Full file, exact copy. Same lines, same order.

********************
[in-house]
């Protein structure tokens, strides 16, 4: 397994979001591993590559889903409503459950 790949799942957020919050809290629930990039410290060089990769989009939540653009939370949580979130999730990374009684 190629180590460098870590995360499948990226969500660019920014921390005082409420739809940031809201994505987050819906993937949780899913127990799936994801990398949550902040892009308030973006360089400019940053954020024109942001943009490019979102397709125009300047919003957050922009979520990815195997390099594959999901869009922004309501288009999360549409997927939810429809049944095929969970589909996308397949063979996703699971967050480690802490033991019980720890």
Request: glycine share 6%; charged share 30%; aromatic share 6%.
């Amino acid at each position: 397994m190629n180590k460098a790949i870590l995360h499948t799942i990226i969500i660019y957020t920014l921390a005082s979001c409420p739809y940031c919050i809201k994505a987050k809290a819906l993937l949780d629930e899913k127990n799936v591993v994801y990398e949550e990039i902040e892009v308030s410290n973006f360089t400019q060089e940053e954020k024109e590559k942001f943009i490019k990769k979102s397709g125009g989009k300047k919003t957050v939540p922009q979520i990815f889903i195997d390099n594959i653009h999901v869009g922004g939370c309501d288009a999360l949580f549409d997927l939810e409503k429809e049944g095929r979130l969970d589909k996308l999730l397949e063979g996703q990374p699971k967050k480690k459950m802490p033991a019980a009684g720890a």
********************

[in-house]
């Protein structure tokens, strides 16, 4: 397994979001591993590559889903409503459950 790949799942957020919050809290629930990039410290060089990769989009939540653009939370949580979130999730990374009684 190629180590460098870590995360499948990226969500660019920014921390005082409420739809940031809201994505987050819906993937949780899913127990799936994801990398949550902040892009308030973006360089400019940053954020024109942001943009490019979102397709125009300047919003957050922009979520990815195997390099594959999901869009922004309501288009999360549409997927939810429809049944095929969970589909996308397949063979996703699971967050480690802490033991019980720890």
Request: glycine share 6%; charged share 30%; aromatic share 6%.
């Amino acid at each position: 397994m190629n180590k460098a790949i870590l995360h499948t799942i990226i969500i660019y957020t920014l921390a005082s979001c409420p739809y940031c919050i809201k994505a987050k809290a819906l993937l949780d629930e899913k127990n799936v591993v994801y990398e949550e990039i902040e892009v308030s410290n973006f360089t400019q060089e940053e954020k024109e590559k942001f943009i490019k990769k979102s397709g125009g989009k300047k919003t957050v939540p922009q979520i990815f889903i195997d390099n594959i653009h999901v869009g922004g939370c309501d288009a999360l949580f549409d997927l939810e409503k429809e049944g095929r979130l969970d589909k996308l999730l397949e063979g996703q990374p699971k967050k480690k459950m802490p033991a019980a009684g720890a």